The FBI provided him with 21 out of the 23 pages, leaving the public record with – admittedly partially redacted – insight into how the FBI viewed Swartz. It’s not a particularly engaging read, given that the material is repetitive, and often simply sourced from easily accessible information, such as Swartz’s LinkedIn profile.
So. Much. Tech.
Some of the biggest names in tech are coming to TNW Conference in Amsterdam this May.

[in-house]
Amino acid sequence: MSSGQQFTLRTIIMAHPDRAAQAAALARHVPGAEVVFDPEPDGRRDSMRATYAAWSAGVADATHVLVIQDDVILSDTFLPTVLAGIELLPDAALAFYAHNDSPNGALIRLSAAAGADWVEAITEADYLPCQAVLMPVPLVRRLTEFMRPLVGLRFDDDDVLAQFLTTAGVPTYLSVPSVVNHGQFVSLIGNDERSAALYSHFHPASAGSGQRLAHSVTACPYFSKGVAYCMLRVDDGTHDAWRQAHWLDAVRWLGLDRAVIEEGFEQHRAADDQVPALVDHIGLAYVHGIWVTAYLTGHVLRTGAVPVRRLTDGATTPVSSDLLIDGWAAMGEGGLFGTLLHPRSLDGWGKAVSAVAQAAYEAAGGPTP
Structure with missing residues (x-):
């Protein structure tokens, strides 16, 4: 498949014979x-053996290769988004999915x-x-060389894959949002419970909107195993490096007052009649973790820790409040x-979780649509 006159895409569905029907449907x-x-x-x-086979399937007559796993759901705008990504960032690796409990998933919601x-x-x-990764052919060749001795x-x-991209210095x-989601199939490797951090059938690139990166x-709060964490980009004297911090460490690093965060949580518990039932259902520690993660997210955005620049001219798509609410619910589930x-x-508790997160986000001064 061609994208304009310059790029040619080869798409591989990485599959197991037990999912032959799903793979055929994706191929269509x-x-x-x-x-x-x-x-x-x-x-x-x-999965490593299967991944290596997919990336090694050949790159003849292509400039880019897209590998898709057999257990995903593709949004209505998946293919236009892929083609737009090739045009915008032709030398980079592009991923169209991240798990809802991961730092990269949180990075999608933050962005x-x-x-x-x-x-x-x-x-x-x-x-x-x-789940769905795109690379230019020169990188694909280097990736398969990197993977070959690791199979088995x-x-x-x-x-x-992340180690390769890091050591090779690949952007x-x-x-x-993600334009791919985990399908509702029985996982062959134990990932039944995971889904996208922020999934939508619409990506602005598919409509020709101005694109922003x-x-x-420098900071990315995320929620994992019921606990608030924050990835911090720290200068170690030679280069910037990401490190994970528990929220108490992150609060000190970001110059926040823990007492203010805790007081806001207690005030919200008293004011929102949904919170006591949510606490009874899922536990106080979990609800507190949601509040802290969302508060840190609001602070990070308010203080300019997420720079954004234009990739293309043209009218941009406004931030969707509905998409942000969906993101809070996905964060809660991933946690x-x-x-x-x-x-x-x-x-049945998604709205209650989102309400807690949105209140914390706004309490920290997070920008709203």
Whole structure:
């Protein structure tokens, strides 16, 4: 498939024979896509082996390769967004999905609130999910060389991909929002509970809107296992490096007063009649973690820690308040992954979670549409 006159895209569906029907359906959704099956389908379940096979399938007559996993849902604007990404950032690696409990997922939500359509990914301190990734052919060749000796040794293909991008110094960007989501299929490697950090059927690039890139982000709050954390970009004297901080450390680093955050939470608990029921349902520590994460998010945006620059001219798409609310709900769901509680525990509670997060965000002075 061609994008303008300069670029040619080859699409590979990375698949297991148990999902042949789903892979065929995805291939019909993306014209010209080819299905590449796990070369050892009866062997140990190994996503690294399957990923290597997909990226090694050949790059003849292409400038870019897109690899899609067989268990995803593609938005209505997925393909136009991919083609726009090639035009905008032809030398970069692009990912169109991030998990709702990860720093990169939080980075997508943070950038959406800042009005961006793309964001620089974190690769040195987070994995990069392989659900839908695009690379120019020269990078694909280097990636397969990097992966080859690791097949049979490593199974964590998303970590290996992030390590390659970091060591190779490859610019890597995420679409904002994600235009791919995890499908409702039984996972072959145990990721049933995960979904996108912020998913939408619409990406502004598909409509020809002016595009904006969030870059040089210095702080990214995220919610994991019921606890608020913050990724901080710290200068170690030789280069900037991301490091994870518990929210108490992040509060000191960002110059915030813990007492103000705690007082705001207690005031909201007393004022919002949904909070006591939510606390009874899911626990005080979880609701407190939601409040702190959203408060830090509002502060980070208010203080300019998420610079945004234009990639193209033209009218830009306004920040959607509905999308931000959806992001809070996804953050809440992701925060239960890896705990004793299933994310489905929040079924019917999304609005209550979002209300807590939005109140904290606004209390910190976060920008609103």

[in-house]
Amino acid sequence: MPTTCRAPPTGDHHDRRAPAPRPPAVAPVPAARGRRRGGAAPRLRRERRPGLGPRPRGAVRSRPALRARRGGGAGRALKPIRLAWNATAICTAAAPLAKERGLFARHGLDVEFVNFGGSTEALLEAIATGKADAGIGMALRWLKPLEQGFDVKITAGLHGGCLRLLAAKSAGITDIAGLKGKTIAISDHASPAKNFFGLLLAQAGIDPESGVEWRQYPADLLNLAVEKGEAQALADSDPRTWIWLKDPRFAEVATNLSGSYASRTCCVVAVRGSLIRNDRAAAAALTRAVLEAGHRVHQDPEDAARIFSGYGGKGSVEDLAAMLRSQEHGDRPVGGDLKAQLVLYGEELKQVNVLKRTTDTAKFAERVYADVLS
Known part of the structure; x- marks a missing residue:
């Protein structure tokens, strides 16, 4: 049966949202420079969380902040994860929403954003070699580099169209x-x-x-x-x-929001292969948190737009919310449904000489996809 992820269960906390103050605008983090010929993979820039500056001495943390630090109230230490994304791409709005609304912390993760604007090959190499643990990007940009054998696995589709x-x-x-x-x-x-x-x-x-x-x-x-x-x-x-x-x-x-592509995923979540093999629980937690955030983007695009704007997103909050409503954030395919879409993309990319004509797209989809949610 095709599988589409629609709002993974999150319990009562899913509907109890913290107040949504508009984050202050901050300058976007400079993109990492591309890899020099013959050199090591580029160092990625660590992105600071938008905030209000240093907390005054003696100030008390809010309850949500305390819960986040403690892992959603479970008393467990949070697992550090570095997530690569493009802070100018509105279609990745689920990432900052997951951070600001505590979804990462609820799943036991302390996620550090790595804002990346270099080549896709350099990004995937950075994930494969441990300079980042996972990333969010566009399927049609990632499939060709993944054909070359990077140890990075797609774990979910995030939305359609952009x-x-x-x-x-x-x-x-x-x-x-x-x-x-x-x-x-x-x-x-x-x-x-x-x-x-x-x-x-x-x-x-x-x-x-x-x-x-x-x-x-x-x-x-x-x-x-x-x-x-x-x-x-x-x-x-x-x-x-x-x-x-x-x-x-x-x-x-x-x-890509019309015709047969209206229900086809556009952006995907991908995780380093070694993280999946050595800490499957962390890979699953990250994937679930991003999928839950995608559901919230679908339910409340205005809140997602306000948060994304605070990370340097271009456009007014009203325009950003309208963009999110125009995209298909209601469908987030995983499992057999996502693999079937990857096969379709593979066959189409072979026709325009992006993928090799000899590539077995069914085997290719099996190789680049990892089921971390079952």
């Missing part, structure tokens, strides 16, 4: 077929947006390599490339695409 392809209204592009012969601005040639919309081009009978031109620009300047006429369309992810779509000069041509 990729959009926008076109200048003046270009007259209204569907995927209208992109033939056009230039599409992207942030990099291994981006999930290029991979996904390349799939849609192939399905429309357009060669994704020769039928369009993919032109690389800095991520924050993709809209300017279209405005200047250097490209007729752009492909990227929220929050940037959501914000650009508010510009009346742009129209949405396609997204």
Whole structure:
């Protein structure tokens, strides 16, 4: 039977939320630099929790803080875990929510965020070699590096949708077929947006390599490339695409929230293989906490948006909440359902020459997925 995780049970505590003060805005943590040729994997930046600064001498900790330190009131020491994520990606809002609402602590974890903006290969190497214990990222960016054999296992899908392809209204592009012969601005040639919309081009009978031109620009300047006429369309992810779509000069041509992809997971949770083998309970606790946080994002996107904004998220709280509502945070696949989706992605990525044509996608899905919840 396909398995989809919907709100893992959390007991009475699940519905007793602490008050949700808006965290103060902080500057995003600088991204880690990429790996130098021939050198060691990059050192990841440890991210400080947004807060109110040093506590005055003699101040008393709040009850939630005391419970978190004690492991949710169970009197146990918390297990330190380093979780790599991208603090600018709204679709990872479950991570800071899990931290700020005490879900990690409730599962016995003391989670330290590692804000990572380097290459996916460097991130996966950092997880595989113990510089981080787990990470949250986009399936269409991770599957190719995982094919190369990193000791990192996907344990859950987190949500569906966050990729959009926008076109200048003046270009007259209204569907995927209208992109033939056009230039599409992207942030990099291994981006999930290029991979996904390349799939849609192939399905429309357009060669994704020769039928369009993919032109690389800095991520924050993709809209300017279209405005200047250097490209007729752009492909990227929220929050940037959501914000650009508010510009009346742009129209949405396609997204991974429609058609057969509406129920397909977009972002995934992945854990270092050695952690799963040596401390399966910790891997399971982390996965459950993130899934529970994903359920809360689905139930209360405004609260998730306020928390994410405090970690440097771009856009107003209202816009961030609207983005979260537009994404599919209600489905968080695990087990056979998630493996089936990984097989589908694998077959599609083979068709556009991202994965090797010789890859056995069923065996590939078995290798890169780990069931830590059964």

Detective work indeed.
We’re publishing it on our pages to both help people find and read the file, but also to widen its public net so that it can never be scrubbed from the Internet. Download a copy.
Aaron Swartz was prosecuted under the desperately out of date Computer Fraud and Abuse Act for an action that should have carried a fine and not time in prison. Unable to reach a plea deal that would have avoided time behind bars, Swartz committed suicide. His family acidly placed partial blame for his death on prosecutors that they felt were overzealous. Following his death, hearings were called, and new legislation was drafted to overhaul the penal code.
Top Image Credit: Cliff